Prior to starting at Miller Johnson (where he was when that case reached resolution) in January 2015, Gutwald practiced with other firms since his admission in 2007. His latest employment was with a national firm, Hall Render, which does exclusively health care law.

Gutwald graduated from Kalamazoo College before attending Michigan State University College of Law, from which he graduated magna cum laude and participated in moot court and received jurisprudence awards in business enterprise. Over his career, he has also been named a Super Lawyers Rising Star.

Gutwald’s counseling covers telemedicine, Stark and Anti-Kickback compliance analysis, HIPAA (the Health Insurance Portability and Accountability Act of 1996, which governs protecting patients’ health information) and HITECH (Health Information Technology for Economic and Clinical Health Act), licensing, and employment issues particularly as it relates to both large and small physician groups.

“One thing I do that’s kind of a specialty is advise on medical staff peer review and physician discipline,” Gutwald says.

The increasing relevance of that type of legal counsel is occasioned by the changes in the way health care systems engage physicians, which has meant more doctors affiliating in groups and then creating relationships with the providers.

“I think that’s more and more the case because physicians seem to find no longer having to deal with billing and HR issues and all of that is a positive thing. From the providers’ point of view, maintaining high quality and continuity of care is easier if you have more control over hiring,” Gutwald observes.

But he has gained expertise in other areas as well, and monitors what may be developing both for the sake of his own clients and for the State Bar section.

“HIPAA is a big hot area right now with all that’s happening in cyberware security,” Gutwald says. “There are very specific regulations as far as systems security and encryption of PHI [Protected Health Information]. But it’s complicated in health care law, especially when you’re communicating with patients. Not all have access to electronic communication, especially when you consider patients with disabilities. It becomes very complex to both meet the needs of the patients as well as comply with the laws and regulations.”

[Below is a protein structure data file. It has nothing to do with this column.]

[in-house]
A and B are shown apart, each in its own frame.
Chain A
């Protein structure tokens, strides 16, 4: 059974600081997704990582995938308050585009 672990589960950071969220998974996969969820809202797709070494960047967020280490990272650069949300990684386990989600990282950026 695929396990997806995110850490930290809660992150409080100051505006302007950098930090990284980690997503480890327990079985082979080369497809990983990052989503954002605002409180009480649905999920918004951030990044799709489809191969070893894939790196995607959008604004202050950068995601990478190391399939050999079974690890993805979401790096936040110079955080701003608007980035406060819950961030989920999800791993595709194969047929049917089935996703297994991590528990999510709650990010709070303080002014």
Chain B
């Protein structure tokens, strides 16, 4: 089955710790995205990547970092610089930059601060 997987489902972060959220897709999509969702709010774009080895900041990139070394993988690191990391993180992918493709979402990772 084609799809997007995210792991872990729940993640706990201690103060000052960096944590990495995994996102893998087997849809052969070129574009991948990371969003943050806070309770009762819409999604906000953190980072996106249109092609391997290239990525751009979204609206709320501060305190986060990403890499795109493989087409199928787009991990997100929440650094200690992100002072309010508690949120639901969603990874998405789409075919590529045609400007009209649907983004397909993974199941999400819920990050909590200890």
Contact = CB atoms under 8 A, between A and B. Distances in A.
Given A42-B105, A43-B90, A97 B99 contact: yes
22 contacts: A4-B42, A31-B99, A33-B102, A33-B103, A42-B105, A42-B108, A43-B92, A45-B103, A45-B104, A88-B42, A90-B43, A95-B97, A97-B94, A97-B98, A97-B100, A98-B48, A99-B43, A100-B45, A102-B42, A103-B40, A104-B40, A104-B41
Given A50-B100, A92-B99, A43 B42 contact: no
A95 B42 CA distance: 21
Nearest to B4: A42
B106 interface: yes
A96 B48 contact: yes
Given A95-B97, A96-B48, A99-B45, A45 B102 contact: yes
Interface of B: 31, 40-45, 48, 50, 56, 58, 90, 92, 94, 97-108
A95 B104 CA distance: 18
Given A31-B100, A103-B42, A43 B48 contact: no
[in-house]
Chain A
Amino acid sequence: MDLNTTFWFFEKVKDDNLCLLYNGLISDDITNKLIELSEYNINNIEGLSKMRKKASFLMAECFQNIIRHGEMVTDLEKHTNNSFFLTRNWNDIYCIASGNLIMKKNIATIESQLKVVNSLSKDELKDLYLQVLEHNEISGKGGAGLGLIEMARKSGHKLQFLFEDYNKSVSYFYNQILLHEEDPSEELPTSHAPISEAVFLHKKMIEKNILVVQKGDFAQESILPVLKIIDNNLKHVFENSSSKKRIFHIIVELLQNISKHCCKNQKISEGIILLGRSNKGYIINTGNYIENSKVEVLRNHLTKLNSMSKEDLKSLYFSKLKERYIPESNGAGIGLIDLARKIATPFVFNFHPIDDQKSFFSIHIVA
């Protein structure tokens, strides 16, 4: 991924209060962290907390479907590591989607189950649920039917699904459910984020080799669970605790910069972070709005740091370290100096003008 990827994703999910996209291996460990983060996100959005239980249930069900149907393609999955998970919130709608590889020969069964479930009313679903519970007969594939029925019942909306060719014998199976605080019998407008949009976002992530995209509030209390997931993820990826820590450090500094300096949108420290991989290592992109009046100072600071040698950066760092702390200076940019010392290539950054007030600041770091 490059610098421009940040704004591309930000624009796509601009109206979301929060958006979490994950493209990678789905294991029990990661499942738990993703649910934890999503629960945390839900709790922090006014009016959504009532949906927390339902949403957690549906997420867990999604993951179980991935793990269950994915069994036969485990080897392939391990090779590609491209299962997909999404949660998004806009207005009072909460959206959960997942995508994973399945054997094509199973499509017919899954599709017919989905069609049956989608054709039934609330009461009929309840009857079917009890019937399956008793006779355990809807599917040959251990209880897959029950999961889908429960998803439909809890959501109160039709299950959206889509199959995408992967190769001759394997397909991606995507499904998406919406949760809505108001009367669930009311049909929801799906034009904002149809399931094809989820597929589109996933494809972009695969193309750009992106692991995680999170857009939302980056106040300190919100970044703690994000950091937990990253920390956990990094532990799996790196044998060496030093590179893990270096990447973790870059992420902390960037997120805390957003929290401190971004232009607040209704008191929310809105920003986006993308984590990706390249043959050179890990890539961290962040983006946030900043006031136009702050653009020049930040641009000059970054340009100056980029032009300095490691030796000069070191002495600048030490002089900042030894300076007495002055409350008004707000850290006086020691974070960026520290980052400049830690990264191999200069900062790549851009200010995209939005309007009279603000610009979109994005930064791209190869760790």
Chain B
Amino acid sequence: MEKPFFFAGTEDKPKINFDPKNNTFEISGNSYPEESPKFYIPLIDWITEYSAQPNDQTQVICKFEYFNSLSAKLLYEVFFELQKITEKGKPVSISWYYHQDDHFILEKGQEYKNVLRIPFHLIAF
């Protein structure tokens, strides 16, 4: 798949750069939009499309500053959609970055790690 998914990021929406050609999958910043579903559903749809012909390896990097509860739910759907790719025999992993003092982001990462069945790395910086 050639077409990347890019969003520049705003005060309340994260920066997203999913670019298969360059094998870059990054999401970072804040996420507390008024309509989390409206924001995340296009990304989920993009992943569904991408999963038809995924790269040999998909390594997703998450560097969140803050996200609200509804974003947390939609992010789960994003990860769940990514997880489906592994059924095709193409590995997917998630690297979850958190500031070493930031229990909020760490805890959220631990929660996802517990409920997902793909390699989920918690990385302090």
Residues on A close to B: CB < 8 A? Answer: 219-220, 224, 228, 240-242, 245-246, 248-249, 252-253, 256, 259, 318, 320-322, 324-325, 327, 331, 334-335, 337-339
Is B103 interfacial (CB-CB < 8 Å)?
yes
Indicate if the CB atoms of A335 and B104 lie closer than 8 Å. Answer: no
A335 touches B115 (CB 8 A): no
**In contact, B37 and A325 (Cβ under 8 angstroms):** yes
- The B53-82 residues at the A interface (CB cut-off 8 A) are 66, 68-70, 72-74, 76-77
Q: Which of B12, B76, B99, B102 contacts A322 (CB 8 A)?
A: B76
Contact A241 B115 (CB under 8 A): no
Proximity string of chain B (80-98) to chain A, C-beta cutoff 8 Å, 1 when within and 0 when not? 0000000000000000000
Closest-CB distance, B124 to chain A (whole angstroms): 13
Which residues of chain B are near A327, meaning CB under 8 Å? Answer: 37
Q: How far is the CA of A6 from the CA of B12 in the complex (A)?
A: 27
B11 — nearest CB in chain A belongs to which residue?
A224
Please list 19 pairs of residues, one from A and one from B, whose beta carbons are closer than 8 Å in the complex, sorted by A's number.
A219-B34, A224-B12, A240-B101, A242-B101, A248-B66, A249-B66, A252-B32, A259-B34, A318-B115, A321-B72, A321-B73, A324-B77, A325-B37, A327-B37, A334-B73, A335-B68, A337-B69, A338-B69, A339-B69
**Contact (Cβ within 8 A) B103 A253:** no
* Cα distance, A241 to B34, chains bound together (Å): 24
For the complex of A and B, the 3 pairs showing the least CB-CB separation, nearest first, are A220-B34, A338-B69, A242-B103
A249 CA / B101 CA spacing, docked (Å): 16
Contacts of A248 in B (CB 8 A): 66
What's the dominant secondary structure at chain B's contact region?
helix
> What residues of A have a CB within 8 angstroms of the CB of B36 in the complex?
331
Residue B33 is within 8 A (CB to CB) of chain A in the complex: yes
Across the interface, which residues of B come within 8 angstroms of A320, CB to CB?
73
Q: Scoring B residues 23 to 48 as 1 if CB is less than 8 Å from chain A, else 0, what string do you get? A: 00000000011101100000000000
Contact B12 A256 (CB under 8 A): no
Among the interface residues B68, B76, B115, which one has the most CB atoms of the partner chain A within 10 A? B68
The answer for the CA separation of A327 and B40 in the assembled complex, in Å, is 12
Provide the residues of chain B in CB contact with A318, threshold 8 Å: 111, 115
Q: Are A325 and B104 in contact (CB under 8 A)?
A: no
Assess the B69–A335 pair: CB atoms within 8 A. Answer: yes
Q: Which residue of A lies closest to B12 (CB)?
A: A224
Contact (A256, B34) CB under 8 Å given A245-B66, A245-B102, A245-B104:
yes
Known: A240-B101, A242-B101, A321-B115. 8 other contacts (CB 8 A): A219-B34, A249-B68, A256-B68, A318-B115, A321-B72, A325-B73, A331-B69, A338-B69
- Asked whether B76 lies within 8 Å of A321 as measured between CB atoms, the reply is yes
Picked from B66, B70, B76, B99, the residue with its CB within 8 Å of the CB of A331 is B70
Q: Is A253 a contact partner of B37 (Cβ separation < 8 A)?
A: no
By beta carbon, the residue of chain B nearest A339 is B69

Gutwald is a member of the Healthcare Financial Management Association and the American Health Lawyers Association, and he co-authored a chapter addressing EMTALA (Emergency Medical Treatment and Labor Act) in the 2016 Representing Hospitals & Health Systems.

Previously the chair of the Health Care Law Section’s Substantive Law Committee, Gutwald says he intends to stay involved with the section council for a least the next few years, but has recently become involved in Meritas, a global alliance and network of law firms intended to provide seamless referrals for clients if their legal needs move from place to place.

“They just started up a health care practice group and I sit on the steering committee,” Gutwald says. He says he is also likely to become more involved in the American Health Lawyers Association.

With three children under the age of 5, his practice, and the State Bar service, he does not have time for much else, but  he did coach his four-year-old son’s YMCA soccer team this fall, which he really enjoyed.

He and his family have recently moved into a house in Grand Rapids.

As far as the Health Care Law Section, Gutwald says, “My predecessors have been very good and very well-organized. For the last two years we’ve focused on the social and networking aspects of our section. We’ve gotten a Twitter account and a Facebook group, and I think we’ll continue in that direction – additional social media, but also in-person networking events.”